This was followed in 1951 by the ‘static phase’ when the opposing land forces confronted each other and the contestants awaited the outcome of cease-fire talks, roughly along the line that from 27 July 1953 became the De-militarised Zone,.
For the RAN notable actions were the landing at Inchon (September 1950), the evacuation of Chinnampo (November 1950), the withdrawal from Inchon (January 1951) and the Han Estuary operation. The threats encountered were untethered mines, unmarked shoals, shore batteries and the cold.
With the commencement of truce negotiations in July 1951 HMAS Murchison was one of the force of British, New Zealand, Colombian and South Korean ships assigned for a show of force through naval bombardment of the area in the vicinity of the Kaesong truce talks from the Han River estuary. The operation was amongst the most hazardous of the Korean War.
HMAS Murchison was recognised for the seamanship, gunnery and steadiness under fire of its ship’s company and the leadership, competence and coolness of the commanding officer, Lieutenant Commander A.N. Dollard RAN.
HMAS Sydney and its Fleet Air Arm squadrons attacked enemy supply lines and supported allied forces. The RAN was the only navy other than the US Navy and The Royal Navy to deploy a carrier capability in the Korean War.
For the Australian Army notable actions were the battles at Kapyong and Maryang San.
Battle of Kapyong 23-25 April 1951
On the morning of 22 April the Chinese launched a huge offensive across the 8th Army front involving some 300,000 soldiers. In the 27 Brigade sector this offensive was designed to recapture the South Korean capital of Seoul. The Third Battalion, The Royal Australian Regiment, (3RAR) was the battalion facing North East up the Kapyong Valley.
The Australians held their positions against waves of attacks before finally on 24 April being forced to a fighting withdrawal to reform. The Chinese then turned to a point that the 2nd Battalion Princess Patricia’s Canadian Light Infantry (2 PPCLI) on Hill 677 was defending. After a further 24 hours the Chinese finally ran out of supplies and manpower and withdrew. The South Korean capital of Seoul remained in the hands of UN troops and the Chinese offensive had failed.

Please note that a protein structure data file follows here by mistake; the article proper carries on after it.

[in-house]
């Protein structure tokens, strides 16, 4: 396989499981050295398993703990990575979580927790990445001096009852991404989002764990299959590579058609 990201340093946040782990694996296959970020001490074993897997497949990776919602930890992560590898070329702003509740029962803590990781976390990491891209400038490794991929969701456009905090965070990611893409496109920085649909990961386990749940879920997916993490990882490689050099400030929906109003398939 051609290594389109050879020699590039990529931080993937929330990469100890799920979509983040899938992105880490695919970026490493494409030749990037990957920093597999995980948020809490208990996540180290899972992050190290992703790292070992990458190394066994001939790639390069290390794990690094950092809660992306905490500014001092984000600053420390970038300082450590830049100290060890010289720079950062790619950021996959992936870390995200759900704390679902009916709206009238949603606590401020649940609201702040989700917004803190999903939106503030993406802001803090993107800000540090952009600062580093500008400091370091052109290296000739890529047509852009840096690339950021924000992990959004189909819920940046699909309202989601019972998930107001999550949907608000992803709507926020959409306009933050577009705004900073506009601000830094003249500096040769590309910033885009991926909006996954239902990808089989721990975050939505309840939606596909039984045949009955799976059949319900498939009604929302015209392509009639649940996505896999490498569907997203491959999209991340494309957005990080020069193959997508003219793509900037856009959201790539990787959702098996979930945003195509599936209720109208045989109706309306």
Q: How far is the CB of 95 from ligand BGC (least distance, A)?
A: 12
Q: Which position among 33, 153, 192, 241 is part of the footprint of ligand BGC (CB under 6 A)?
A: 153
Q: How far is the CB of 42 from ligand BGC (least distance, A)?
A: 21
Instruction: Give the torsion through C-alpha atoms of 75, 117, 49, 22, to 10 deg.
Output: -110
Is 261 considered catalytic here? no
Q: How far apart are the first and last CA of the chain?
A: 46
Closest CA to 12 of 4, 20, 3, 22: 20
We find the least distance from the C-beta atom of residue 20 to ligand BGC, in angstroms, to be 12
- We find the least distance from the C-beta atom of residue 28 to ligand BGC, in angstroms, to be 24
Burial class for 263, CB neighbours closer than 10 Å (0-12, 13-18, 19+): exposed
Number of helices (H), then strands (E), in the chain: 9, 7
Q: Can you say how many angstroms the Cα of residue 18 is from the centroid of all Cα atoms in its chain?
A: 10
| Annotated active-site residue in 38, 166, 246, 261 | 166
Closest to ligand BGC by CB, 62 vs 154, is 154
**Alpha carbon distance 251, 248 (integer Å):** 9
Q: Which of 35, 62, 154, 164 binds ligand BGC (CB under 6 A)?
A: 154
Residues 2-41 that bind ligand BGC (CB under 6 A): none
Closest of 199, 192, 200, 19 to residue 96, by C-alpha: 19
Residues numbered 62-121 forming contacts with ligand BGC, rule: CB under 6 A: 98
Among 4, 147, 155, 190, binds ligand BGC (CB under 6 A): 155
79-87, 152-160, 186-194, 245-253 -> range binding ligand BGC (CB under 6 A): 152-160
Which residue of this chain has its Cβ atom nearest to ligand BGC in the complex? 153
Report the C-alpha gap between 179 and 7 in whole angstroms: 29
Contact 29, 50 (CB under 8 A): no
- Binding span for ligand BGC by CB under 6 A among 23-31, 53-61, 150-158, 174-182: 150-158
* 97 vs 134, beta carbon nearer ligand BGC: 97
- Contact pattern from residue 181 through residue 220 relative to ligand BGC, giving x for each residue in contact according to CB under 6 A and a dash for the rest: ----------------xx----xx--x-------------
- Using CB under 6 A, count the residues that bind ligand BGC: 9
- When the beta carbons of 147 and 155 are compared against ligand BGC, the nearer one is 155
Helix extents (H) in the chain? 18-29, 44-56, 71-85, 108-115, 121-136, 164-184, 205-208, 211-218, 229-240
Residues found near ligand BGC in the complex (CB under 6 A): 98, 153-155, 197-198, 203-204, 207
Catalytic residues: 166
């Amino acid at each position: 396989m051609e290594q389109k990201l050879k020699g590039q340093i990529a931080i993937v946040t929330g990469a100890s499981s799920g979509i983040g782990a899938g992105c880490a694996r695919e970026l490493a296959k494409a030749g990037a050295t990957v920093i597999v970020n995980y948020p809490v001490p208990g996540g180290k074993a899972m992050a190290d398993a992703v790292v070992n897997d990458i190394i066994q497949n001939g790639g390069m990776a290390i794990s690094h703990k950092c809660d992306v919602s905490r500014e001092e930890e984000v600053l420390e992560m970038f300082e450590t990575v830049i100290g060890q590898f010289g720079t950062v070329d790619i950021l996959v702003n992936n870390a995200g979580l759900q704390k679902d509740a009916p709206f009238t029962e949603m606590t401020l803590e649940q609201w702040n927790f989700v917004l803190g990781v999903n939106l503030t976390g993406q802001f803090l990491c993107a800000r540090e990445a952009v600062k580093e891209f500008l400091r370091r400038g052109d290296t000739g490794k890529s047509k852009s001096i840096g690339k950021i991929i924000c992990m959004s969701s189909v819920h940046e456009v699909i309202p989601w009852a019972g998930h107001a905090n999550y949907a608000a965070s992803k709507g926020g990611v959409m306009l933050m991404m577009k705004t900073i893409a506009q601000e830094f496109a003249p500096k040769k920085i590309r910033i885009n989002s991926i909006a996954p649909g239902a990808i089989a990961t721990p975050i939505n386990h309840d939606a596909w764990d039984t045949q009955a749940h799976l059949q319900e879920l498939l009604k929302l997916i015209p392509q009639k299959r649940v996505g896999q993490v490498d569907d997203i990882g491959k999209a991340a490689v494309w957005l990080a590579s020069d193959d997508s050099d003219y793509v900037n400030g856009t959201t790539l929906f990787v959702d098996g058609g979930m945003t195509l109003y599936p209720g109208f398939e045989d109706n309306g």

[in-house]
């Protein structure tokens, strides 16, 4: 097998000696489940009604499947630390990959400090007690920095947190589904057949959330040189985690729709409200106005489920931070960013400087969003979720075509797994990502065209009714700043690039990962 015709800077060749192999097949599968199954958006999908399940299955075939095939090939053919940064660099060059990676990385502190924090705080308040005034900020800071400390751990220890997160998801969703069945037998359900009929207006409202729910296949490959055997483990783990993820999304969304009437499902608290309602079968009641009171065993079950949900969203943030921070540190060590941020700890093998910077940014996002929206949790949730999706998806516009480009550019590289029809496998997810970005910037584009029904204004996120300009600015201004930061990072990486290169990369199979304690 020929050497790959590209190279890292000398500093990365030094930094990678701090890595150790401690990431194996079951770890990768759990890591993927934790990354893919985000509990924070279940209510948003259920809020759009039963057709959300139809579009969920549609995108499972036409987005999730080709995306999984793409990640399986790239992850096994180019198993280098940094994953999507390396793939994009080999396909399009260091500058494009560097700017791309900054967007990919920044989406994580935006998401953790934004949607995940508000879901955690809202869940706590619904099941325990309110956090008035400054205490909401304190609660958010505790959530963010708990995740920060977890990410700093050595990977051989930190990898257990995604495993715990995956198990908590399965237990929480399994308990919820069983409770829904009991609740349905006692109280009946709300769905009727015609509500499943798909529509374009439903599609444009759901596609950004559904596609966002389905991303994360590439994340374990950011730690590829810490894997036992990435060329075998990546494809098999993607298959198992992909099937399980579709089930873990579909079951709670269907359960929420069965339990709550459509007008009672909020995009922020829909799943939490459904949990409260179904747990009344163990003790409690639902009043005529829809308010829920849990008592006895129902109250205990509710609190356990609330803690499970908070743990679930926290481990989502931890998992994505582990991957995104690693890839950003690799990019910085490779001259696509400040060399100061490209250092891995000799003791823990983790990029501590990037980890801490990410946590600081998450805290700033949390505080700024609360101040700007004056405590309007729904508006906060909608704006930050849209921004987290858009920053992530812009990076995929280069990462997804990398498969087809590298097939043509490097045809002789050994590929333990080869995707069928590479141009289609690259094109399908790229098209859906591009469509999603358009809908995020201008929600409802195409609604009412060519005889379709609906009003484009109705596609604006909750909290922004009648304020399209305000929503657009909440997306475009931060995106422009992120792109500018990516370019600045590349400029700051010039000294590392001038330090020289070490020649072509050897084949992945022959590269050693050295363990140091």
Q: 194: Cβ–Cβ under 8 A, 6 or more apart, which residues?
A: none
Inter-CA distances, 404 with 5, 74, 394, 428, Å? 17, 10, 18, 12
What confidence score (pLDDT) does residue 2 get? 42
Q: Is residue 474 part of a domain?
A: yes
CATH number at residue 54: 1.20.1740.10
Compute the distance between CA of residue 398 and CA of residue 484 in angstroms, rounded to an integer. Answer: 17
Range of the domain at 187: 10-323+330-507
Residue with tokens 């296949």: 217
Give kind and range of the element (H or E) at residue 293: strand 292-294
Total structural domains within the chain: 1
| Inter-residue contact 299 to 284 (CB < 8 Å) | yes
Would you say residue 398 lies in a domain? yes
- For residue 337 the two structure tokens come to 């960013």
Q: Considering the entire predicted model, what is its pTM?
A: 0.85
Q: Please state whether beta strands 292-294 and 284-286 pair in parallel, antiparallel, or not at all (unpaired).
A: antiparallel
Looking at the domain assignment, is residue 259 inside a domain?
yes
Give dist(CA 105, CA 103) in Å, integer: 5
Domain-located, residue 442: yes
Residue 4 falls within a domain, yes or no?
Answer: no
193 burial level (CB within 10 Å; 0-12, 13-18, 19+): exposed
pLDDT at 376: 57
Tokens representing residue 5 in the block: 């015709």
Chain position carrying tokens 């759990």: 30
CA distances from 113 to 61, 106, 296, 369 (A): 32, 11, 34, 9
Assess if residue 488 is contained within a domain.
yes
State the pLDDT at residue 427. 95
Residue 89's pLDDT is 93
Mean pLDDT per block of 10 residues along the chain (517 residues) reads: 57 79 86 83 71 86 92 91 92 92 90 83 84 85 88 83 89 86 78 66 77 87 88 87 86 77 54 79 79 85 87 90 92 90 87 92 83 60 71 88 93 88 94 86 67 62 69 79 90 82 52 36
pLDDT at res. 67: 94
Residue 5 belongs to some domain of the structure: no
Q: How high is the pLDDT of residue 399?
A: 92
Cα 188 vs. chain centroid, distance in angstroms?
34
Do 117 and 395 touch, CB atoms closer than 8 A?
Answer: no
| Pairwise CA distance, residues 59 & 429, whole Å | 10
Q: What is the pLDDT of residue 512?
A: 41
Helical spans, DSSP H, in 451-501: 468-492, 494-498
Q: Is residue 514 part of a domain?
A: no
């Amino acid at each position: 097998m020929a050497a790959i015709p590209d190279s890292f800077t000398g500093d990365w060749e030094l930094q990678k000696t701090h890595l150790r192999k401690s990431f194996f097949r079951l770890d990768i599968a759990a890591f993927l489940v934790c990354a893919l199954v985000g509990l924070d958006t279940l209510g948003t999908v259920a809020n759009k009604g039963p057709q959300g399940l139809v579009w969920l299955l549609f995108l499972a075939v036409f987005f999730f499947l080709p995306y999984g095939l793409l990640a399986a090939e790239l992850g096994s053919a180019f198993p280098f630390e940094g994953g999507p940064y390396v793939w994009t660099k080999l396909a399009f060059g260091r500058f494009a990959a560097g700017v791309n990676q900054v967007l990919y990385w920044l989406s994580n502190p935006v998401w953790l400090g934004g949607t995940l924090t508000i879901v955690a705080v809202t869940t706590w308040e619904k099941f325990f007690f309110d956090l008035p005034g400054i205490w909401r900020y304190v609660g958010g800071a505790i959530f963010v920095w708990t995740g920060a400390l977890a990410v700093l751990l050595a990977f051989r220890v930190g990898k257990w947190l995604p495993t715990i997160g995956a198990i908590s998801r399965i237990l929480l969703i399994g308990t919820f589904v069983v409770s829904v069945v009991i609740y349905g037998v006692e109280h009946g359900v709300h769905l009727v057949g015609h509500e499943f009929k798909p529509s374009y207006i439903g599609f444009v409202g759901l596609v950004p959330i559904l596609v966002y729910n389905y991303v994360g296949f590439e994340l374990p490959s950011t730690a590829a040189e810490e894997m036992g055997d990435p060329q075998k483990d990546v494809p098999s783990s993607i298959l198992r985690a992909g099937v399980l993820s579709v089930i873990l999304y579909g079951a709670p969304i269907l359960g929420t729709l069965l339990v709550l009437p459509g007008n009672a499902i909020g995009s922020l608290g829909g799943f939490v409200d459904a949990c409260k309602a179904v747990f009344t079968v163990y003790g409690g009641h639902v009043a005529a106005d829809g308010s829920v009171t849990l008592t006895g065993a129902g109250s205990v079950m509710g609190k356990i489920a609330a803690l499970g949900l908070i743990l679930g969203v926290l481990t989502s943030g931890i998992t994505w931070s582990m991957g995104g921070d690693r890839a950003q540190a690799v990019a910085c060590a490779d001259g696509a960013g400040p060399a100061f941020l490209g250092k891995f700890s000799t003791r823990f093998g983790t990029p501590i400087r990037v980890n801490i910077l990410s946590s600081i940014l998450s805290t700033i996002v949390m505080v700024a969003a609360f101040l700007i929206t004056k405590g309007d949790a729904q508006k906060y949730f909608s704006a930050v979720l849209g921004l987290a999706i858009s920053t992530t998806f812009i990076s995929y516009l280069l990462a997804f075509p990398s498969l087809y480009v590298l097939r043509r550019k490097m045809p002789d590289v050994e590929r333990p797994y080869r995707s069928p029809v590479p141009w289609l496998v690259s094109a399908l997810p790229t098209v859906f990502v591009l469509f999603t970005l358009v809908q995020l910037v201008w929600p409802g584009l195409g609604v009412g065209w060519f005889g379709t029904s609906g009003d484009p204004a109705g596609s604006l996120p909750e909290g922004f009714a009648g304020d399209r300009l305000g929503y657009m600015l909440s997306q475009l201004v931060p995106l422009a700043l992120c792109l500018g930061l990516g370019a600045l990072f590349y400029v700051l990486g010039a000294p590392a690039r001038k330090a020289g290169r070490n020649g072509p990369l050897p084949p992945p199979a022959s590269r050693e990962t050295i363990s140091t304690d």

The casualty rate for the Chinese must have run into the thousands. 3RAR casualties were 32 KIA, 59 WIA and 3 POW.
3 RAR, 2 PPCLI and Coy A 72 US Heavy Tank Bn were each awarded the United States Presidential Distinguished Unit Citation for the Battle of Kapyong
Battle of Maryang San
In late September 1951 in an operation to drive the Chinese forces from the high hills. 3RAR, had the task of capturing the northern feature, Maryang San.
3RAR on 5 October captured Maryang San, attacking along the eastern ridges, and withstood repeated Chinese counter attacks and was relieved on 8 October. 3RAR had destroyed at least two Chinese battalions. The Australian losses were 20 KIA and 89 WIA. The Commonwealth Division Commander, later to become Field-Marshal Sir James Cassels, wrote: “The Battle of Maryang San was one of the finest battalion attacks in British history”.
The last 20 months of the war, ‘the static phase’, involved raids against deeply entrenched Chinese positions and nightly fighting patrols to dominate no-man’s land.